It was lovely walking across the parade on a nice summer’s day.  Surprisingly very calming.  Perhaps, once in a while, a group of guys from Detention Quarters (DQs) would jog by in line doing so many circuits, rifles above their heads; or they could be doing press-ups.  Made a nice change from sitting in their cells picking oakum strand by strand (‘a loose, dusty hemp or jute fibre used chiefly for caulking seams in wooden ships and packing pipe joints’).  This wasn’t used for anything except to be a complete and utter waste of time.  Just mixed up and put back in the sack afterwards. They had to do so much of it a day or they wouldn’t get their smoke.  This meant lining up in a row.  A Petty Officer would walk down giving each of them a cigarette, then he would to the top again and go down lighting them.  Then back to the top and walk down chucking them in a bucket.  The Navy wasn’t going to give in.  A punishment was a punishment.

It was about this time I was interviewed to see if I could be officer material. Nothing came of it.  The sub-plot was the Navy didn’t want National Servicemen in the first place and took as few as they could get away with.  This obviously reduced the number of National Servicemen they made up to officer.  Whether I would have made it anyway is another question.  Some time later, an officer friend read me the report of this interview.  It appeared I had upset the lady Lieutenant Commander interviewer.  No doubt I thought I was being fascinating at the time.  Story of my life really.

I started playing rugby for the Barracks, moving from full back to fly-half as my eyesight got worse.  It was a bit off and on.  The officer players liked to play on duty weekends but not on free weekends.  The lower decks made up the numbers.  I remember one weekend I had a really severe, cricked neck.  The medics told me they knew the answer.  One of them grabbed my feet, the other one my neck.  The neck medic drew my head and neck back and wrenched it sharply to the left.  The pain was extraordinary. But I played the game; with a severely cricked and wrenched neck.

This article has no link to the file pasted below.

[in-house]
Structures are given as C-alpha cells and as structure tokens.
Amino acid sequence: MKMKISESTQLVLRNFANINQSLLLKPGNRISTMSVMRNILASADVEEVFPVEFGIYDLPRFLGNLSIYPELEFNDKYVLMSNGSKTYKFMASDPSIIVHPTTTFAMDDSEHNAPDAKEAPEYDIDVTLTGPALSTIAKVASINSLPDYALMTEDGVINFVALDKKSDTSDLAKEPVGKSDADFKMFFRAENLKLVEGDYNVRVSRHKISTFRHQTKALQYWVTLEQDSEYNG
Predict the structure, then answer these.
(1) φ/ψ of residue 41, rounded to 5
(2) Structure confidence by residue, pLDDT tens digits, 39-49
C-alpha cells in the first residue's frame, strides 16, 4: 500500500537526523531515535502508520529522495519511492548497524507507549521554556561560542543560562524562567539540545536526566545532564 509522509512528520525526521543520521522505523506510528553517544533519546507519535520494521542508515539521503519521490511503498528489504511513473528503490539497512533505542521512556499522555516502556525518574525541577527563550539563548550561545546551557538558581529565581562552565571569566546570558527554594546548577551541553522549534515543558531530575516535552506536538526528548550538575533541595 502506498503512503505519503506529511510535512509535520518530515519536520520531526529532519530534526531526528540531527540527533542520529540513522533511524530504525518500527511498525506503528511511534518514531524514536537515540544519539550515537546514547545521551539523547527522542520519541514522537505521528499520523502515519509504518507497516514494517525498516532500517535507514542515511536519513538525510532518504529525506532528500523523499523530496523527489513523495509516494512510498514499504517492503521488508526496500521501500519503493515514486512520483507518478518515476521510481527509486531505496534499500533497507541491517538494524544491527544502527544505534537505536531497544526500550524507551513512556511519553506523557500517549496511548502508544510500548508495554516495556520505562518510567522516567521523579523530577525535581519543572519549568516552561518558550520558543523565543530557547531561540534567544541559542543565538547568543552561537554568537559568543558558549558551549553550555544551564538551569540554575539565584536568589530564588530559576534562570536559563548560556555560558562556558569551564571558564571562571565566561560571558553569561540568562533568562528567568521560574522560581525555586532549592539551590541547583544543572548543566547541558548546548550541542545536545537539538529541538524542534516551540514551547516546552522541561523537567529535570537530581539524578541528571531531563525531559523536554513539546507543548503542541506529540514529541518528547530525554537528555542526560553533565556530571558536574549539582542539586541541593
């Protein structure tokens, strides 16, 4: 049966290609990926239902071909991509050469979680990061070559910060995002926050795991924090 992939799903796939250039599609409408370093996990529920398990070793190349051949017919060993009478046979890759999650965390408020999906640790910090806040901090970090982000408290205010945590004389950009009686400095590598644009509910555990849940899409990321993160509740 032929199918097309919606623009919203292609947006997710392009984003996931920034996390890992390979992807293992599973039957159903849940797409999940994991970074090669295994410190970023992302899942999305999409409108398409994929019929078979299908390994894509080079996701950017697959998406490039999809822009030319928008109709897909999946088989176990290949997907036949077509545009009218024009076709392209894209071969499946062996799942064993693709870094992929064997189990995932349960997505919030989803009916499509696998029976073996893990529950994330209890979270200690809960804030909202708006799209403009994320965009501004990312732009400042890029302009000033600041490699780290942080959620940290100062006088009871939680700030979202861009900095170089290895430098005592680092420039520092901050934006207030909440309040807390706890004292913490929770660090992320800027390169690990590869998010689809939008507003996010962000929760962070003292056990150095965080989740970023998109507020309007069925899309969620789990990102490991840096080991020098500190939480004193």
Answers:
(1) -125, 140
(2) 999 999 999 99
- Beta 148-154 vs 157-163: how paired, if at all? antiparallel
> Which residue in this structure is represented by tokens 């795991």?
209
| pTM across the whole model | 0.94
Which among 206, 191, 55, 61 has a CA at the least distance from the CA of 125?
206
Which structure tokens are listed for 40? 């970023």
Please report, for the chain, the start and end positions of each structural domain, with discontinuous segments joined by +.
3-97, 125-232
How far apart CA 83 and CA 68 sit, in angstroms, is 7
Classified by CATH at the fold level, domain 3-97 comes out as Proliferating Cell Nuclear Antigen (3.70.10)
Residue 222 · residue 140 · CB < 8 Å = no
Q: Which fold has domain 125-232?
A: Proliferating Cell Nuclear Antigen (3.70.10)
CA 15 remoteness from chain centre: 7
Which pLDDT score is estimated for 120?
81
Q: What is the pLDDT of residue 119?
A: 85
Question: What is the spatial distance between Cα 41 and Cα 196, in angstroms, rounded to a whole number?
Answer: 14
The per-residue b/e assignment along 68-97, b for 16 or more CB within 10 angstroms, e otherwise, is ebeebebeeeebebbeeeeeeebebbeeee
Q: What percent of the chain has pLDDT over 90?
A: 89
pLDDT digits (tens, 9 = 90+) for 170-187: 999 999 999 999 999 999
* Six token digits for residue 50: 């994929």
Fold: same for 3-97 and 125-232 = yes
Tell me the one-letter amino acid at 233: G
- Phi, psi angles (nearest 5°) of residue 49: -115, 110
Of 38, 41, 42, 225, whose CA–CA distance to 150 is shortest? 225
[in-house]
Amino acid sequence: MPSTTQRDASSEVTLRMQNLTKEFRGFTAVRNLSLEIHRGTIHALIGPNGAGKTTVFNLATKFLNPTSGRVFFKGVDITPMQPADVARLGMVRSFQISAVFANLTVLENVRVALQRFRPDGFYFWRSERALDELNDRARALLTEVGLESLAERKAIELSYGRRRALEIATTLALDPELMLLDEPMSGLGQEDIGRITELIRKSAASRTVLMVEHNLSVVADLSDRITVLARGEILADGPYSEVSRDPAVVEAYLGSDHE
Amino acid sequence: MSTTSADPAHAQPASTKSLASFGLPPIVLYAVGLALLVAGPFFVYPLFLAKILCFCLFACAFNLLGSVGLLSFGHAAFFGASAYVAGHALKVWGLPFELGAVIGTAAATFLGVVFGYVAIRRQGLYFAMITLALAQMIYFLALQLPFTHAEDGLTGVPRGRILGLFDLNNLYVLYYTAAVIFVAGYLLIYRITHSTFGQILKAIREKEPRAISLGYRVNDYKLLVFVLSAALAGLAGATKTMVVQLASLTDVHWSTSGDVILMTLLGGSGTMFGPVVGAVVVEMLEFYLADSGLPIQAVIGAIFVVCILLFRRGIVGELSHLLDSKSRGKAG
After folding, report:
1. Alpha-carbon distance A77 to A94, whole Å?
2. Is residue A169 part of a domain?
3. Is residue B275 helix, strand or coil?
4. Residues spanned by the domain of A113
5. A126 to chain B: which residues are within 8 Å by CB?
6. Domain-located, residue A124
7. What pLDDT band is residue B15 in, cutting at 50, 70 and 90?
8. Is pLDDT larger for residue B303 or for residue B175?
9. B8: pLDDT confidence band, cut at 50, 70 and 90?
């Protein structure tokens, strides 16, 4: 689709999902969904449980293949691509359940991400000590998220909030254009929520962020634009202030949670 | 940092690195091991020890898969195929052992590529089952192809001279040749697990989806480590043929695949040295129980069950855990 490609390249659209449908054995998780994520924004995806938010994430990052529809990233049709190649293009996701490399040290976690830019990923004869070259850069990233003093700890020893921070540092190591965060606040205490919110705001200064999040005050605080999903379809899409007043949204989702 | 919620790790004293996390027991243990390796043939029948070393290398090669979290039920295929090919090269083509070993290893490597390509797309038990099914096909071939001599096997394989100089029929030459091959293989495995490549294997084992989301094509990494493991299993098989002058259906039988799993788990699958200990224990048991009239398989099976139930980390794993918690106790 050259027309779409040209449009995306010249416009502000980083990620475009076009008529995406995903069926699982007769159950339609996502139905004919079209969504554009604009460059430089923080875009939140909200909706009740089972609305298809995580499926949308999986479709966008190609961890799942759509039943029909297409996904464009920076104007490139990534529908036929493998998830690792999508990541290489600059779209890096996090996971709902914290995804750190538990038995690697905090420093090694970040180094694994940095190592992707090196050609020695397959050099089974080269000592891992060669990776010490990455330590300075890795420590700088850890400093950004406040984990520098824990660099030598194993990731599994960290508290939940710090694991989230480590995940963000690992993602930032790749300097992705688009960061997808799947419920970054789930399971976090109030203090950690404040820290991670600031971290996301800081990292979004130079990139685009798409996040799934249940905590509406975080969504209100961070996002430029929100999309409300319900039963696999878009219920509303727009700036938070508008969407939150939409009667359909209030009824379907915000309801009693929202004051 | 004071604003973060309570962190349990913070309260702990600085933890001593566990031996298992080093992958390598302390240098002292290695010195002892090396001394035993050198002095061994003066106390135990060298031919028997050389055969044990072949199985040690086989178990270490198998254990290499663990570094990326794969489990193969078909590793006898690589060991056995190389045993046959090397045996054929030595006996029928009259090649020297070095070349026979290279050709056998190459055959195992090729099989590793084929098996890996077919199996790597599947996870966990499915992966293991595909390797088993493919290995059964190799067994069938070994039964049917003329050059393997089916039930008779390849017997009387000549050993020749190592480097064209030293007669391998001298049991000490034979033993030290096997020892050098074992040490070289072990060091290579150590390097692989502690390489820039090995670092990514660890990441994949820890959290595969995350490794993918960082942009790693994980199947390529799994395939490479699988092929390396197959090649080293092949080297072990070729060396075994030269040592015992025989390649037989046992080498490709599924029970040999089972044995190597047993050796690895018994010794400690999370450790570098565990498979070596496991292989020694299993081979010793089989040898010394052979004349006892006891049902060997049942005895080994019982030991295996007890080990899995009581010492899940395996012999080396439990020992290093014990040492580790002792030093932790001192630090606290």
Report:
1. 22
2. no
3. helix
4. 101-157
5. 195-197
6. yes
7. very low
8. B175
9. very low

The other thing I remember was borrowing someone’s spare jockstrap.  I’d managed to leave mine behind.  It is always a mistake to borrow someone’s jockstrap.  This one gave me an itch, you know that itch in-between, which went on so long I can’t remember when it stopped.

(An aside – Let me tell go about this itch.  At times it drove me crazy.  I had it even when I left the Navy.  I had had a polio injection and didn’t feel good.  My mother called the doctor.  Just a mild reaction, he said.  Then he saw the tube of tineafax cream (treatment of tinea cruris – jock itch) on the bedside table.  We all used it.  ‘What’s this for?’ he said.  I told him.  Instantaneously the bedclothes were flung back and my legs were in the air.  ‘There’s nothing wrong with you, he said.  ‘It’s all in the head.’

Some time later, I was off to be a student in America. America at the time insisted I get a doctor to sign off that I didn’t have VD.  Girls too had to sign off they weren’t going to be whores.  Nothing much has changed.  Anyway, while I was in there, I reminded him about the itch; and this is how the conversation went

Me:  ‘I’m off to America.  I still have the itch and, whether it is in my head or not, I should appreciate your help in getting rid of it.’

Dr: ‘What’s the problem with it?’

Me: ‘Well, for example, today I was in the barber’s and had this terrible urge to scratch myself.’

Dr: ‘No-one minds you scratching yourself in the barbers”

Me: ‘I know.  But sometimes I can be in mixed company.’

Dr: ‘So, are you saying you get this itch when you’re with girls?’

Me: ‘No.  But the other night I was at the theatre with a girl and, while we were having a drink at the interval, I got this itch again.’

Dr: ‘Well the thing to do is to get up very close to her, look her directly in the eyes, and have a jolly good scratch.  She’ll never know.’


My father had just bought me an old car.  Remember the Flying Standard with its flared mudguards and its stand-up-and-beg headlights.  More like a Flying Deathtrap to my mind.  The flared wings had rusted and the headlights turned in.  The brakes only just worked.  I spent weekend after weekend haring up the A3 for the joys of London; and down again the next day.  Most of it was like driving in a black-out, the twisted lights occasionally catching the cats eyes or a white line to guide me on my way.

I also met a girl called Molly.  Some local nurses wanted a few sailors to dance with at their party.  So I danced with Molly.  She was an assistant nurse.  She had a small flat in Southsea.  She was a sweetheart.  I wasn’t very good at these things.  I had spent most of my time as a teenager improving my golf handicap.  Molly taught me that there are better things in life than a low score. “Do I have to send you a telegram” she had said.

One evening I was driving through Southsea when I was stopped by the police.  ‘Do you mind asking your young lady if she would mind sitting in her own seat while you are driving?” he said.